Cook County Changes Drug Test Policy For Asst. Public Defender Applicants

CHICAGO (WLS) -- A power struggle has been brewing in Cook County, where job offers to several attorneys from Public Defender Sharone Mitchell were rescinded after confusion over the county's drug policy.

Recreational marijuana became legal in Illinois last January. That complicated the hiring process for many, including a handful of attorneys offered jobs months ago by the Cook County Public Defender's Office. Their offers were revoked when drug tests came back positive for marijuana.

Soon after the I-Team started asking questions, Cook County told us the policy is being changed and the attorneys are being asked to reapply.

Brittany Robinson and Matt Stein applied for open attorney positions in the Cook County Public Defender's Office. Both received job offers. Both of their drug tests were positive for marijuana. Both told the I-Team they use recreationally.

"As long as there's not a substance abuse problem, if a person is going to work sober, they're meeting their duties to their clients, that should be enough," Stein said. "It's not, it's not something the county should really be investigating unless there's some sort of reasonable suspicion that this person has a problem and it's interfering with their ability to serve the residents of Cook County."

"What I do on my own time does not affect my professional responsibilities," Robinson told the I-Team.

"The positions in question were previously noted as safety-sensitive positions by the previous Public Defender. Anyone who tests positive for any controlled substance, including marijuana, in a safety-sensitive position is prohibited from being employed in that position. When the new Public Defender took office, the positions temporarily remained in a safety sensitive designation, so a drug test was required for these applicants. However, the new Public Defender has since revised the job description and these positions are no longer designated as a safety-sensitive, thus a drug test will not be required for future postings. All candidates previously disqualified for safety-sensitive positions are welcome to apply immediately for non-safety-sensitive positions within the County," said a Cook County spokesperson.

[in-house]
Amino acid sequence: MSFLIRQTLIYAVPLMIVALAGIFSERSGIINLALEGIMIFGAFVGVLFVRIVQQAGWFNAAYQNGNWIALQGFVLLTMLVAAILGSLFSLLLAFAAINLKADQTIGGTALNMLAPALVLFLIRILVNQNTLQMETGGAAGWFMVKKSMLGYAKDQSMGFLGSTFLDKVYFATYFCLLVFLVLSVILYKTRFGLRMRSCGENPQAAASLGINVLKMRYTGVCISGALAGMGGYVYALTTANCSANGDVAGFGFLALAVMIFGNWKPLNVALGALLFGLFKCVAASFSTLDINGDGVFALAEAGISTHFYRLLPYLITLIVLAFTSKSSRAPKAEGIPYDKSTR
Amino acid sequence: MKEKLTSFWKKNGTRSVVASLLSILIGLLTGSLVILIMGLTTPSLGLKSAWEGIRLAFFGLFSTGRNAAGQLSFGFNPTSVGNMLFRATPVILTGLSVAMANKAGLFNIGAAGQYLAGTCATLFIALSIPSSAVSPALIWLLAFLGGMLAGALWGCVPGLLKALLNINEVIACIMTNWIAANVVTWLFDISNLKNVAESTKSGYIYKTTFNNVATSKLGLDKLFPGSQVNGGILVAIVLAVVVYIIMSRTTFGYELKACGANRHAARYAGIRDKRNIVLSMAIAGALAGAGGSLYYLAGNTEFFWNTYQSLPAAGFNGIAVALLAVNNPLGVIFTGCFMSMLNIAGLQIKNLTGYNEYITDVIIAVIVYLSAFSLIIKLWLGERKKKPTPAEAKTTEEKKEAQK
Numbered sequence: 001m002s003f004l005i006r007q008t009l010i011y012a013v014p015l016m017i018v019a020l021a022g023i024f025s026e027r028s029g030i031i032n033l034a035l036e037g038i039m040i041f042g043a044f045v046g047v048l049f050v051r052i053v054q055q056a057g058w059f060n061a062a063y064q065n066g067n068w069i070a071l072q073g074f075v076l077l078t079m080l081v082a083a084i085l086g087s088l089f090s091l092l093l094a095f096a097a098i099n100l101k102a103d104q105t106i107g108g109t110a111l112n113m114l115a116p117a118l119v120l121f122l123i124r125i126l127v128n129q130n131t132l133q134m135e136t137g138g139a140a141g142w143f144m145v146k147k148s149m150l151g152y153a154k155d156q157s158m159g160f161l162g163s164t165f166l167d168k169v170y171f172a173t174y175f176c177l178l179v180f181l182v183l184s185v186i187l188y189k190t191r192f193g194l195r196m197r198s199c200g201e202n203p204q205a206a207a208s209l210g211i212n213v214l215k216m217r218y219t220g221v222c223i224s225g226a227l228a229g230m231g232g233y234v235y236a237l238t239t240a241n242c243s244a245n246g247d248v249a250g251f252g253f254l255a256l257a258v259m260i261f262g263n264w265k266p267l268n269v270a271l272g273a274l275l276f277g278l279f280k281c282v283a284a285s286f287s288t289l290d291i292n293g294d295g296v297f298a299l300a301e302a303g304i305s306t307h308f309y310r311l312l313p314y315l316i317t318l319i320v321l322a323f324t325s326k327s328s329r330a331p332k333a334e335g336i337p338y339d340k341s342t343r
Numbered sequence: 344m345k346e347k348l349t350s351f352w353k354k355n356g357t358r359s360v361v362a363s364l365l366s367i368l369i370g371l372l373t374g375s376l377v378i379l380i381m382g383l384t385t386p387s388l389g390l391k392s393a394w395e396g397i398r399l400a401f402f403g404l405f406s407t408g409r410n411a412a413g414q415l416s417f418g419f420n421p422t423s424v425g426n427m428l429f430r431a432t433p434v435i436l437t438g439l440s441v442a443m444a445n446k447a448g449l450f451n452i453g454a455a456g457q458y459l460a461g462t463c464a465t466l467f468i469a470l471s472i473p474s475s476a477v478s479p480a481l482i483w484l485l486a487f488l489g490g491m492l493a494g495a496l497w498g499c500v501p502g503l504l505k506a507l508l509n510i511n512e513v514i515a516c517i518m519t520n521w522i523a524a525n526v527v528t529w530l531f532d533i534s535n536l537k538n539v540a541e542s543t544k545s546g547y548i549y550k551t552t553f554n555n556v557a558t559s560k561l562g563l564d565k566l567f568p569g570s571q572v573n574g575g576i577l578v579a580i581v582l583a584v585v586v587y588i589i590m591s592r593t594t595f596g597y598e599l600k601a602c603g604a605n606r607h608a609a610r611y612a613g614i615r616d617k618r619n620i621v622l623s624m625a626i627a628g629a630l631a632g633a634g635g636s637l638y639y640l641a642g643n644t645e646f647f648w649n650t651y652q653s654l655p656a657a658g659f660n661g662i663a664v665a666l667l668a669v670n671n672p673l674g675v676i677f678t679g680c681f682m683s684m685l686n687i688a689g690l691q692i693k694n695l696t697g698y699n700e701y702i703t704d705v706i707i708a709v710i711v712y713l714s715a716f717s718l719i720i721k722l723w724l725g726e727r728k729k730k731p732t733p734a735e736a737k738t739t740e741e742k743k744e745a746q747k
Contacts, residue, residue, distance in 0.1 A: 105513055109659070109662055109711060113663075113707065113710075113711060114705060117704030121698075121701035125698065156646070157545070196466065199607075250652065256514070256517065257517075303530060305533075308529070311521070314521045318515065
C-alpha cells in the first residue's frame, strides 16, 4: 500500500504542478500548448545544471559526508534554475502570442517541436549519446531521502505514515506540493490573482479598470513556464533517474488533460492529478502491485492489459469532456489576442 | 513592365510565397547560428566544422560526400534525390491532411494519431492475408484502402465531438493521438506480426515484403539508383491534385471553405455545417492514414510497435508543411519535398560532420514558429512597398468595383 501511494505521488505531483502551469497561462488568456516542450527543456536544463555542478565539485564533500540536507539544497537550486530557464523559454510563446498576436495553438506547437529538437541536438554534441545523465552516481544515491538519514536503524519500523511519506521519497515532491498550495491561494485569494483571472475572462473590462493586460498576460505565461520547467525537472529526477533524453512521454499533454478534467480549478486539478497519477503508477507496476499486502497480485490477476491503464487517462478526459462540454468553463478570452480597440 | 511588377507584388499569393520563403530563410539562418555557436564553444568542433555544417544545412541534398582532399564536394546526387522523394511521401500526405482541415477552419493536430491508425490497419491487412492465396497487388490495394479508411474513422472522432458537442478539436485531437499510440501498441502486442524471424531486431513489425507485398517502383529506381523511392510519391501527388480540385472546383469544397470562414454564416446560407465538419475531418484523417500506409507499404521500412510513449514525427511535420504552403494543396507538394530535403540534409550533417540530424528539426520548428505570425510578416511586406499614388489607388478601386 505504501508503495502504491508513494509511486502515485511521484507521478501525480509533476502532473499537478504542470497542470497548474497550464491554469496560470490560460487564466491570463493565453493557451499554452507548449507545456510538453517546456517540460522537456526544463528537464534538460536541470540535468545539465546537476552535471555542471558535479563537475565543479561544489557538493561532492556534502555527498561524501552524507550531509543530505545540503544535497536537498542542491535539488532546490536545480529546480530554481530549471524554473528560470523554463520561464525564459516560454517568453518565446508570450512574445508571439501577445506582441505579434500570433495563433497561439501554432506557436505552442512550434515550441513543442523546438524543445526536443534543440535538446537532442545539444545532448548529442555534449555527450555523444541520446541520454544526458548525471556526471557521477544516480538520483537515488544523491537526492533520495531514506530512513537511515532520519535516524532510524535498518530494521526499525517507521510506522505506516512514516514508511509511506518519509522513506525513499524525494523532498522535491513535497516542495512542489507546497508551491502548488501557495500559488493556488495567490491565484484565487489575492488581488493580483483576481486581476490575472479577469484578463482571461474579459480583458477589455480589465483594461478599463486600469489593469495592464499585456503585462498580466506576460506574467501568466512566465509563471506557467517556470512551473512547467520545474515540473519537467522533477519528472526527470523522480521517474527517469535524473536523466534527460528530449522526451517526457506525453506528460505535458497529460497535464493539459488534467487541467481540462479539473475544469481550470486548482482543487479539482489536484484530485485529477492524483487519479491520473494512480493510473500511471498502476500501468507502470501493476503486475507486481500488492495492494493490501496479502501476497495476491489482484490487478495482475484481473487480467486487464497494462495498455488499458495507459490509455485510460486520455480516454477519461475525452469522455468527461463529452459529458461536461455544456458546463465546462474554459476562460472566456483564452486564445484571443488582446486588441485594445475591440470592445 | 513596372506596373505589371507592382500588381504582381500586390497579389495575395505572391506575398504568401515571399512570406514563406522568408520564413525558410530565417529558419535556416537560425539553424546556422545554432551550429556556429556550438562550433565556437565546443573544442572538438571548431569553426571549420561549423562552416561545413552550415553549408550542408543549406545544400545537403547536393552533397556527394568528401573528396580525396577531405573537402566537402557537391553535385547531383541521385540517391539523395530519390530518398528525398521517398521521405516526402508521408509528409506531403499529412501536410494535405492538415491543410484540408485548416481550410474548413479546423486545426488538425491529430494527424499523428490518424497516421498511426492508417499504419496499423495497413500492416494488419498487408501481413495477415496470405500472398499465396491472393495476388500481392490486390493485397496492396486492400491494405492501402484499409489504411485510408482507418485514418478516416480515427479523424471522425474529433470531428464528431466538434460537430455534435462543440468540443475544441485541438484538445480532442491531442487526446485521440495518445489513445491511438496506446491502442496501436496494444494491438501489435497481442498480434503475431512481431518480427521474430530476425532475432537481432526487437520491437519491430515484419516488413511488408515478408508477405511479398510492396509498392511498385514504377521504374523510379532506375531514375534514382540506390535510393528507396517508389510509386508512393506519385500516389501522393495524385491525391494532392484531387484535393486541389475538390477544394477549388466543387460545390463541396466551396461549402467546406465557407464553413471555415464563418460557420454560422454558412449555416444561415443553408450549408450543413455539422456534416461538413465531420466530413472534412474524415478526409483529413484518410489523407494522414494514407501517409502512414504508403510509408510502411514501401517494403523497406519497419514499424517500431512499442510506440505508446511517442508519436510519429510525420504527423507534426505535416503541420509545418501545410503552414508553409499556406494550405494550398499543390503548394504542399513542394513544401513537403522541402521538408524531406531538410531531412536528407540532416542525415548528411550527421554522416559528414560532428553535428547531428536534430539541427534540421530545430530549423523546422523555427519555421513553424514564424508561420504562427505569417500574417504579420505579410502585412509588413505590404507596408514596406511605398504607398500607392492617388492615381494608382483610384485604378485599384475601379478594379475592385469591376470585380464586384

Lester Finkle, former Chief of Staff for the previous Public Defender, Amy Campanelli, says only the Cook County Bureau of Human Resources can designate a job as safety-sensitive, not the Public Defender. Finkle says Campanelli was against drug testing applicants after recreational marijuana was legalized in Illinois.

The new Public Defender, Sharone Mitchell, sent this statement to the I-Team:

"The Public Defenders Office's is disappointed that we were unable to hire these candidates who are highly qualified. Our position has never changed, their alleged consumption of cannabis, whether for medicinal or recreational purposes, should not be a factor in determining whether they should be offered a position with our firm.

Additionally, we believe employment testing for cannabis is wholly inappropriate given its legality, widespread safe use, and the fact that testing only proves that a person may have consumed at some point in the past, not that the person is currently inebriated or somehow unable to complete the duties of the position in the most effective manner possible.